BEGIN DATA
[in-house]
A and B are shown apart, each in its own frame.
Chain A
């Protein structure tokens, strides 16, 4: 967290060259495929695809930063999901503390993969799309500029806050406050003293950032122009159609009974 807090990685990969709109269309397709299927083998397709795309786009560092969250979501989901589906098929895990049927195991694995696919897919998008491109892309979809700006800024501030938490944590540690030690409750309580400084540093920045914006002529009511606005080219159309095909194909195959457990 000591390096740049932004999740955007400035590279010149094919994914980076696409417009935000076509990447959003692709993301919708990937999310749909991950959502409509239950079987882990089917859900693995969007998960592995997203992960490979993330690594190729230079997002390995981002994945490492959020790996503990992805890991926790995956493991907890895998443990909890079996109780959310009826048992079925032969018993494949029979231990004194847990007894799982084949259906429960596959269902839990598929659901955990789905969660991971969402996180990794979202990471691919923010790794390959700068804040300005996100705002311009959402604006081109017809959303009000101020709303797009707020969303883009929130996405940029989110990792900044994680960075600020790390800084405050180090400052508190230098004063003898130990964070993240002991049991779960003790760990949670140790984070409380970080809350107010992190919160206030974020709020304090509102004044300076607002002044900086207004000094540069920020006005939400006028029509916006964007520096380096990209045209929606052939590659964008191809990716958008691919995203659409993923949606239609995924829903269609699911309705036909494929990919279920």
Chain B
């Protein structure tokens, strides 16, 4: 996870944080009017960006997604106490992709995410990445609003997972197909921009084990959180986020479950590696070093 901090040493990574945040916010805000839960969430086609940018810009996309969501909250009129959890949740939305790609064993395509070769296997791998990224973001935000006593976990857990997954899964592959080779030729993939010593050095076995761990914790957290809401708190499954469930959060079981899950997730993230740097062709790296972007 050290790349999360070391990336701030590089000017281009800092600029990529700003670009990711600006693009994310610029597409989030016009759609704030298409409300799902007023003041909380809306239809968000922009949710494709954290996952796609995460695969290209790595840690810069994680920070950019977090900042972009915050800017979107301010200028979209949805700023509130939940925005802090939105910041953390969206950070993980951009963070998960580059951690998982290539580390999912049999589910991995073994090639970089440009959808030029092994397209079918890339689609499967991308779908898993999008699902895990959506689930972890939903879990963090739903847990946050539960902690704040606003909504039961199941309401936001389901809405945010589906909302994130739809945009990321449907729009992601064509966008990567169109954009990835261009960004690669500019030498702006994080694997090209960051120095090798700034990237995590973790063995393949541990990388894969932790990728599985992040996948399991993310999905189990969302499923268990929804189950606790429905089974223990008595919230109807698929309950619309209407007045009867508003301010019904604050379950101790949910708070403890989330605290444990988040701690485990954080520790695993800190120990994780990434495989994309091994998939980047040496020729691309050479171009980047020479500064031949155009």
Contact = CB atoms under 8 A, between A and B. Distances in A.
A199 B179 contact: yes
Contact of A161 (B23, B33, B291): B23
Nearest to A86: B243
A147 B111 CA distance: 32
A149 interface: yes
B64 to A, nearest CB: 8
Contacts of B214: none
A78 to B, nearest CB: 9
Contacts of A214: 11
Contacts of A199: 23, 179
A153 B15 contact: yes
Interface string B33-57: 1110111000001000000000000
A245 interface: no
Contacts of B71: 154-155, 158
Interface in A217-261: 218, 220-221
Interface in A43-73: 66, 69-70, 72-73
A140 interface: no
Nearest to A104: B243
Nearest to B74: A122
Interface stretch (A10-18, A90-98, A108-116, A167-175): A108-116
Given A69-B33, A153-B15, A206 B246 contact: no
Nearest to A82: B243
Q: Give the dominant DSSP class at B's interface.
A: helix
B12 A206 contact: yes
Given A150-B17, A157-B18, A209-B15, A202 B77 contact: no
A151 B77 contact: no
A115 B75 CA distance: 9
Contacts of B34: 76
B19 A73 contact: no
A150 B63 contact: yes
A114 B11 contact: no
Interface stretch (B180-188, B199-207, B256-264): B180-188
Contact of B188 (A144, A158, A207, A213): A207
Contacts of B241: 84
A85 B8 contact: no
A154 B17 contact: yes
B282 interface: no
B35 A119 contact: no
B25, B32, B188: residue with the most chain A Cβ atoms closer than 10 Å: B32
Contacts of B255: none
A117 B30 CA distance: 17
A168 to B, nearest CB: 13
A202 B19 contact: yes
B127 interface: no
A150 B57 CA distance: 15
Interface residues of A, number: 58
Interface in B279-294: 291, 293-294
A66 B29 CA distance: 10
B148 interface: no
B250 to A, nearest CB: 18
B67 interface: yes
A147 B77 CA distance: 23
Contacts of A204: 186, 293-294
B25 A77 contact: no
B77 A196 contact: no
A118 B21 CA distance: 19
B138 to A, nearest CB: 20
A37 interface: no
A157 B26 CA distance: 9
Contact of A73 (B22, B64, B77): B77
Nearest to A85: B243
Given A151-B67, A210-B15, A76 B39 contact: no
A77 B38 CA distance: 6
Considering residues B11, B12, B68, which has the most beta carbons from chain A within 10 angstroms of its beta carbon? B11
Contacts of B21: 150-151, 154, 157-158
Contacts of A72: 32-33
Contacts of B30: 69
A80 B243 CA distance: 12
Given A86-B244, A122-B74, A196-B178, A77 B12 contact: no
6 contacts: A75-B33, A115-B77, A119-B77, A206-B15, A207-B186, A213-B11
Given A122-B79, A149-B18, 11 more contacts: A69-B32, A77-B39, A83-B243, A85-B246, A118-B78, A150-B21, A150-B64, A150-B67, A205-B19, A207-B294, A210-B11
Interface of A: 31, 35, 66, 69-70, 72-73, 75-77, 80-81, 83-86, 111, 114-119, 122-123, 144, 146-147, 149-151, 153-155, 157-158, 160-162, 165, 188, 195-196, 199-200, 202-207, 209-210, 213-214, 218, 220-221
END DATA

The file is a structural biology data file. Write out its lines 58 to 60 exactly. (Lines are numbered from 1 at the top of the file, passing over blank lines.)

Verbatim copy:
B250 to A, nearest CB: 18
B67 interface: yes
A147 B77 CA distance: 23